What to Know About the 2023 Legislative Session
A Look at the Colorado General Assembly and WFCO’s Policy Priorities
New and Noteworthy Numbers for the 2023 Legislative Session
The 2023 legislative session kicked off on January 9, 2023 and is expected to end on May 8, 2023. Already it is notable for the number of women occupying seats in both branches. Below are several other points that will likely impact the legislative session and its outcomes.
A women-led legislature
The lived experiences of women are critical to creating policies that are rooted in gender, racial, and economic equity. That’s why we celebrate Colorado women holding 50 of the 100 seats in the state legislature. Twelve of the 35 Senate seats and 38 of the 65 House seats are occupied by women, 44 of whom are Democrats and seven of whom are Republicans. Before this milestone, Colorado was one of a handful of states to have majority women in either the state House of Representatives or Senate. Since 2007, Colorado has ranked consistently among the top-five states for representation of women across both chambers.
Additionally, for the first time in history, the top three House leadership positions will be occupied by women, with Julie McCluskie serving as the House speaker, Monica Duran as the majority leader and Jennifer Bacon as the assistant majority leader. Reps. Jennifer Bacon and Monica Duran, along with Rep. Iman Jodeh, the co-whip and the legislature’s first Muslim lawmaker, are all women of color elected to help lead the House’s Democratic supermajority.
A Democrat supermajority
Democrats hold a 46-19 majority in the state House and 23-12 majority in the Senate. According to The Colorado Sun about the House, “the margin is so big Democrats will have a supermajority in the chamber, meaning they can override Gov. Jared Polis’ vetoes, refer constitutional changes to voters and call a special legislative session, all three of which require the support of two-thirds of the chamber.”
- Gov. Jared Polis started his second term amid tensions surrounding affordable housing, rising cost of living, and a limited state budget.
- Of the 100 lawmakers who make up the Colorado General Assembly, 32 have never served in the legislature.
- Colorado will have the largest LGBTQ+ caucus of any legislature in the country, according to the caucus chair Rep. Brianna Titone.
WFCO legislative priorities align with vision of House leadership
According to The Denver Post, House speaker McCluskie stated that three of the party’s priorities for this year — housing, health care and child care — are women’s and family priorities.
This bodes well for The Women’s Foundation to advance our three policy priorities for Colorado women and their families:
- Address root causes of poverty and provide holistic and flexible resources to women and their families
- Reform Colorado’s tax and budget policies to promote equity and allow for sufficient resources to be dedicated to WFCO priorities
- Promote issues and protect rights that promote gender, racial, and economic equity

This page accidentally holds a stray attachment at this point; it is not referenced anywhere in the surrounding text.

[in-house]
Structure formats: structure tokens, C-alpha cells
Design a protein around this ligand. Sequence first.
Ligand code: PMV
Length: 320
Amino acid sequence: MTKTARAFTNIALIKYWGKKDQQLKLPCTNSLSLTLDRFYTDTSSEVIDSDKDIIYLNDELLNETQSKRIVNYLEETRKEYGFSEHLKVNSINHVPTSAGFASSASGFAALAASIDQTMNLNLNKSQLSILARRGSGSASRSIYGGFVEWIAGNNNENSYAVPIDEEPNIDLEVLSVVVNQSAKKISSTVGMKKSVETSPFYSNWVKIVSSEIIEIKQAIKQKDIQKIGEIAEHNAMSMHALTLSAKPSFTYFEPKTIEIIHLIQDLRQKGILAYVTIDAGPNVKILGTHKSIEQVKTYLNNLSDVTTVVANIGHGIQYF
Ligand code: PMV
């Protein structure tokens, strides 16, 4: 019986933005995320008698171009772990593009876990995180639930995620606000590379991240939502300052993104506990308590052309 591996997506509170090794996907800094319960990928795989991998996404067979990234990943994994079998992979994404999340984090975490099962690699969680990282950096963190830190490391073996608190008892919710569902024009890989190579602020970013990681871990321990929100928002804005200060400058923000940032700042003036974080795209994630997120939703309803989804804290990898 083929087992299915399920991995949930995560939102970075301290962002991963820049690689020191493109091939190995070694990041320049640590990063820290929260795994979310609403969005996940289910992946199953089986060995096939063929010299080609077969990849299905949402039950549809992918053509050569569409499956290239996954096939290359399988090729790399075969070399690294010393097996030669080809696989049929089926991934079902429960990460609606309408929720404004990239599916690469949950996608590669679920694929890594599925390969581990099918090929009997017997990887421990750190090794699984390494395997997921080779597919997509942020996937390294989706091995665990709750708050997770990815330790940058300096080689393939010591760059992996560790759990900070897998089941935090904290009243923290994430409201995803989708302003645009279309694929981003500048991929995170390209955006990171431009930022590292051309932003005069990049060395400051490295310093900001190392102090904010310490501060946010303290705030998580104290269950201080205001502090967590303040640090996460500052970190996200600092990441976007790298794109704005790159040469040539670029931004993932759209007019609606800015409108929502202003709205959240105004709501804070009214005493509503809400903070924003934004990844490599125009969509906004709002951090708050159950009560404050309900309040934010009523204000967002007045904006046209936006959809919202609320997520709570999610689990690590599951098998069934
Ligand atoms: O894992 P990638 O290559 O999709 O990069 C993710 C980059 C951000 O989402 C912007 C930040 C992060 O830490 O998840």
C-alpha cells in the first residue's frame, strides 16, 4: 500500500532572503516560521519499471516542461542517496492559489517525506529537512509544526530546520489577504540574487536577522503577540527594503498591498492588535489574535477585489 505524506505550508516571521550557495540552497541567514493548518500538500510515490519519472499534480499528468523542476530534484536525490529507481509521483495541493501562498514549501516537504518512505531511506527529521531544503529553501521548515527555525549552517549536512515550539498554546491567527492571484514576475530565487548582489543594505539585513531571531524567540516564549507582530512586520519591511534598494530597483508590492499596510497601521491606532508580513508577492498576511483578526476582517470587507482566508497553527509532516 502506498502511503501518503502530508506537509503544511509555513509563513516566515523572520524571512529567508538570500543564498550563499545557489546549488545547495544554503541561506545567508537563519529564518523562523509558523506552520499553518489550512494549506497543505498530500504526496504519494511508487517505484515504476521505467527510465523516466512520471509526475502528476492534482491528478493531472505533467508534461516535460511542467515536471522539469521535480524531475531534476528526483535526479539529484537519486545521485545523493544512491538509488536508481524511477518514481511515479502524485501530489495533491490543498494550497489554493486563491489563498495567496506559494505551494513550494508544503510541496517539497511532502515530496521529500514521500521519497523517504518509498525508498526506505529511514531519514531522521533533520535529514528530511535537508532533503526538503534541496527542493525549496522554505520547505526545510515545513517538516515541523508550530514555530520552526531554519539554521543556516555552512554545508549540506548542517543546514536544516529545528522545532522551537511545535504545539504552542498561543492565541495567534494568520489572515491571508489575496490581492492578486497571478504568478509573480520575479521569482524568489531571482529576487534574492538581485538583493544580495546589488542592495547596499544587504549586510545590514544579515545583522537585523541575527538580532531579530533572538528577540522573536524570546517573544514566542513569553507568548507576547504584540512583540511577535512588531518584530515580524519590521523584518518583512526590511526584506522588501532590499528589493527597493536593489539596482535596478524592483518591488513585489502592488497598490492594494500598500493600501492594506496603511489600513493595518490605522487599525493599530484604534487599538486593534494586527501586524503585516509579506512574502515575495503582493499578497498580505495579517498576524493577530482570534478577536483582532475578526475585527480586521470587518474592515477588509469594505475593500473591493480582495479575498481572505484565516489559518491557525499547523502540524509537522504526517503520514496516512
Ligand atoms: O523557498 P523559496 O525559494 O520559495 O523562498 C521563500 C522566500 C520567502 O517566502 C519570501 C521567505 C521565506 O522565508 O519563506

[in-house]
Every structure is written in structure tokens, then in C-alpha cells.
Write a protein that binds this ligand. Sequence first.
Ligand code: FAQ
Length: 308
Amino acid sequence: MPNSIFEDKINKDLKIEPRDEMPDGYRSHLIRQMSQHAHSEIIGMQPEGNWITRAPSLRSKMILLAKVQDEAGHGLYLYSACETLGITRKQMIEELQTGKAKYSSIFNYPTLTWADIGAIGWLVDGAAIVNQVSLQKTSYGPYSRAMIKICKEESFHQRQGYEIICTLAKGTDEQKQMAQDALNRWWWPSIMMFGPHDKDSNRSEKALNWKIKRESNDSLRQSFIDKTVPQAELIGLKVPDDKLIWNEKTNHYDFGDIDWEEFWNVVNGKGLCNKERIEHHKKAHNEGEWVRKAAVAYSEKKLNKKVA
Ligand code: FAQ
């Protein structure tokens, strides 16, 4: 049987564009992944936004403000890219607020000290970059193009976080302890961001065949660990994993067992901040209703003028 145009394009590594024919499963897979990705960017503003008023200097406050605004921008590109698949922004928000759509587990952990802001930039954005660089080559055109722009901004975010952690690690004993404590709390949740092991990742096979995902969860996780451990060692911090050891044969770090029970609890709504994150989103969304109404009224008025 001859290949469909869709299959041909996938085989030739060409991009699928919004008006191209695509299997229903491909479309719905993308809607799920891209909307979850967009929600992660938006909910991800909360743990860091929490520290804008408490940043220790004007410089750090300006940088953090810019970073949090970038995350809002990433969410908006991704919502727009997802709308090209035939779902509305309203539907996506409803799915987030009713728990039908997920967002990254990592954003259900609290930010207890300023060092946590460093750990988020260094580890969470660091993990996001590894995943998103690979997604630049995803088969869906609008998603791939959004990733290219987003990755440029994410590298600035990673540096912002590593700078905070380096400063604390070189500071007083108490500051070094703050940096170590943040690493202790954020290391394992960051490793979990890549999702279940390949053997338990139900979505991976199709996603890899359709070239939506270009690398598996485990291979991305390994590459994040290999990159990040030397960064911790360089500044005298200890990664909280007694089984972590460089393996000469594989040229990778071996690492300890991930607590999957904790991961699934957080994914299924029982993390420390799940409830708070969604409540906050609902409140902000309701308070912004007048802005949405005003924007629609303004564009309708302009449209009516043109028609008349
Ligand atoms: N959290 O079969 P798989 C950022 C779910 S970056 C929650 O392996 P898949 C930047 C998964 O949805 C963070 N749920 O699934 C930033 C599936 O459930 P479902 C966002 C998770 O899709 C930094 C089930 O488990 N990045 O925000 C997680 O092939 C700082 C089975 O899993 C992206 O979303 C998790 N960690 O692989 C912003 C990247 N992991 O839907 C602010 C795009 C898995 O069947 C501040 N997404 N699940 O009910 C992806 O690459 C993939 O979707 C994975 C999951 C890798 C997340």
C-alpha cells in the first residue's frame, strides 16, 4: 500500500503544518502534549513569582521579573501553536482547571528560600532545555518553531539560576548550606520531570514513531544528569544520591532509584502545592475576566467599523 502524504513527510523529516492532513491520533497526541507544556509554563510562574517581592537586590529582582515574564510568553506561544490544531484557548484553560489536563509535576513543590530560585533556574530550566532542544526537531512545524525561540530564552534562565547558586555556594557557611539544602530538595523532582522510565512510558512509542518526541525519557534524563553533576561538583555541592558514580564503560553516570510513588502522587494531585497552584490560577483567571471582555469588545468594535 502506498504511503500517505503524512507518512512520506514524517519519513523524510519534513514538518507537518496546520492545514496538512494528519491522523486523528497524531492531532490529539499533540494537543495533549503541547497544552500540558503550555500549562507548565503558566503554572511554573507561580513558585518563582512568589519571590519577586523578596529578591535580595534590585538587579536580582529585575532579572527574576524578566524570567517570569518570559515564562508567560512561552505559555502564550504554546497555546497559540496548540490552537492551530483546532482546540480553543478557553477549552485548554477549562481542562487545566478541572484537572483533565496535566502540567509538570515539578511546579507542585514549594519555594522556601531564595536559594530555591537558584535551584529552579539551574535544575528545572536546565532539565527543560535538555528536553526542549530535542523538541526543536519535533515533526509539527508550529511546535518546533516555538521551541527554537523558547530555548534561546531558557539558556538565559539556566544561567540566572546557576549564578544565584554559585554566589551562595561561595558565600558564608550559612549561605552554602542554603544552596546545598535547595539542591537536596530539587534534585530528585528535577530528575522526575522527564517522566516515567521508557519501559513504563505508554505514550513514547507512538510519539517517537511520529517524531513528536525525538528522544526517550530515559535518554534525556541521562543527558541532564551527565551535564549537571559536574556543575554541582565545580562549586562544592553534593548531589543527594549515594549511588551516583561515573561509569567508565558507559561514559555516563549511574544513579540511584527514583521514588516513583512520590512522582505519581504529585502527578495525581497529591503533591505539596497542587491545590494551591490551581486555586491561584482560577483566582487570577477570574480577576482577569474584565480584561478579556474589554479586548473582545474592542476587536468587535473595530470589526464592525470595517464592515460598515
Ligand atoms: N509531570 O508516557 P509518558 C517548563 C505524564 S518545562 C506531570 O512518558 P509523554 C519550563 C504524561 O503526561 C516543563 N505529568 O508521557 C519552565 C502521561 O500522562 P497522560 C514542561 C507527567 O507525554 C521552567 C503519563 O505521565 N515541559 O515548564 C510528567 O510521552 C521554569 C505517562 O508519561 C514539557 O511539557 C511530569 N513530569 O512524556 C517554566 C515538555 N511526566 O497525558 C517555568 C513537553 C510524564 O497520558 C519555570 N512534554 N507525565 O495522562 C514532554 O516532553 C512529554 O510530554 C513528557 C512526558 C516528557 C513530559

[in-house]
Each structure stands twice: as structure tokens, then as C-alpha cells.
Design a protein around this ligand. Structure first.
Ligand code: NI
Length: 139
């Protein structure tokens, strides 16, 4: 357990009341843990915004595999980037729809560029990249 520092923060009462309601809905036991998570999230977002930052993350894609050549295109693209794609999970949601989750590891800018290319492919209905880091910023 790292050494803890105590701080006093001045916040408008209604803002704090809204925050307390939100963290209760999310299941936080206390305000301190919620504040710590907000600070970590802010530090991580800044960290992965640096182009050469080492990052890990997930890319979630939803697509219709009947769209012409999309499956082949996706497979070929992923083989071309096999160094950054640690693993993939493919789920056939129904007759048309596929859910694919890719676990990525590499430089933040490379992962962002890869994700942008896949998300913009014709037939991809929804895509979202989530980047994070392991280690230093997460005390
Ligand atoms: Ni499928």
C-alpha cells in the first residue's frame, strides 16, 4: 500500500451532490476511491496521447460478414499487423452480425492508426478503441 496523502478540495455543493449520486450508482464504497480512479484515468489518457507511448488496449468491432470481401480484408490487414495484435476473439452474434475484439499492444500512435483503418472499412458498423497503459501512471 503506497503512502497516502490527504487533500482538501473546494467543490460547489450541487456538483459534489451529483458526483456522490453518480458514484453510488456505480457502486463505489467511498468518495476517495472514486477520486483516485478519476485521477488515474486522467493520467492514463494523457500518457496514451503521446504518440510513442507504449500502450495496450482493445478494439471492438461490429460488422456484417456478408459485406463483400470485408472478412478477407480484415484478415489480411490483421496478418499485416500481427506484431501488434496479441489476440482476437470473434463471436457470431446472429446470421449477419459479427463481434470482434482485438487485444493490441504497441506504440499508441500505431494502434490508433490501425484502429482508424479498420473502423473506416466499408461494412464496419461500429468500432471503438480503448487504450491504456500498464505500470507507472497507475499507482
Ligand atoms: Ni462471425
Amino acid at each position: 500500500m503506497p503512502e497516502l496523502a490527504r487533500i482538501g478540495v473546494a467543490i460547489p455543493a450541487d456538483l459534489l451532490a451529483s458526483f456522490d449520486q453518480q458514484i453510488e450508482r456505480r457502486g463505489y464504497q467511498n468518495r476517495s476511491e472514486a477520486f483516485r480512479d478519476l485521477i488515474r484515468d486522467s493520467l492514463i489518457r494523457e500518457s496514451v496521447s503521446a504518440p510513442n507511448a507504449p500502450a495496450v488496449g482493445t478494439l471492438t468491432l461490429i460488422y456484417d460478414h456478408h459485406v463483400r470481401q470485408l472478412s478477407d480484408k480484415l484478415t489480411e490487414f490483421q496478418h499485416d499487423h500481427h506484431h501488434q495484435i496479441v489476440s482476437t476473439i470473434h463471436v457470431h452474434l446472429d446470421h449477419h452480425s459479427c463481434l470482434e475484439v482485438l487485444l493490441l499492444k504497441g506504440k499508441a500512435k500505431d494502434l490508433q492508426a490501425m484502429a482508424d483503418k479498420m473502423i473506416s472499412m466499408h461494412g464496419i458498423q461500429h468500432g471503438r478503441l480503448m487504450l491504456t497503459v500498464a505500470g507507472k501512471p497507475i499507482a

Though the legislative session began just this week, The Women’s Foundation worked behind the scenes with Frontline Public Affairs for several months to hit the ground running and build upon the success of recent years. Our levels of support for bills, which range from monitoring to lobbying, are determined by availability of resources, alignment with our priorities, and the need for our support.
Priority #1: Address root causes of poverty and provide holistic and flexible resources to women and their families
- WFCO will lobby and actively support a bill to improve upon the Equal Pay for Equal Work Act that passed in 2019 and went into effect in 2021.
Reform Colorado’s tax and budget policies to promote equity and allow for sufficient resources to be dedicated to WFCO priorities
- WFCO will support the Child tax credit (CTC) and Earned Income Tax Credit (EITC) interim commission recommendations. The bill expands the state earned income tax credit and child tax credit. It decreases state revenue and increases expenditures beginning in FY 2023-24. Through at least FY 2024-25, the bill decreases the state obligation for TABOR refunds to taxpayers.
- WFCO will support the Colorado Child Care Contribution Tax Credit (CCTC) reauthorization. CCTC incentivizes contributions to strengthen Colorado’s child care providers.
Promote issues and protect rights that promote gender, racial, and economic equity
- WFCO will continue to advocate for systemic changes to promote reproductive health, rights, and justice. We will support efforts by movement leaders to protect and expand access to abortion care, ensure access to family planning services, and improve health outcomes for pregnant and postpartum people and infants.
Make a difference with a click of your mouse
There are two immediate actions you can take to support these policy priorities.
Sign up for our Advocating for Impact series to learn from experts on how you can take action to more these priorities forward. The first training is on January 26 at 12:00 p.m.
Share your experience with Colorado’s Equal Pay for Equal Work Act by completing this survey.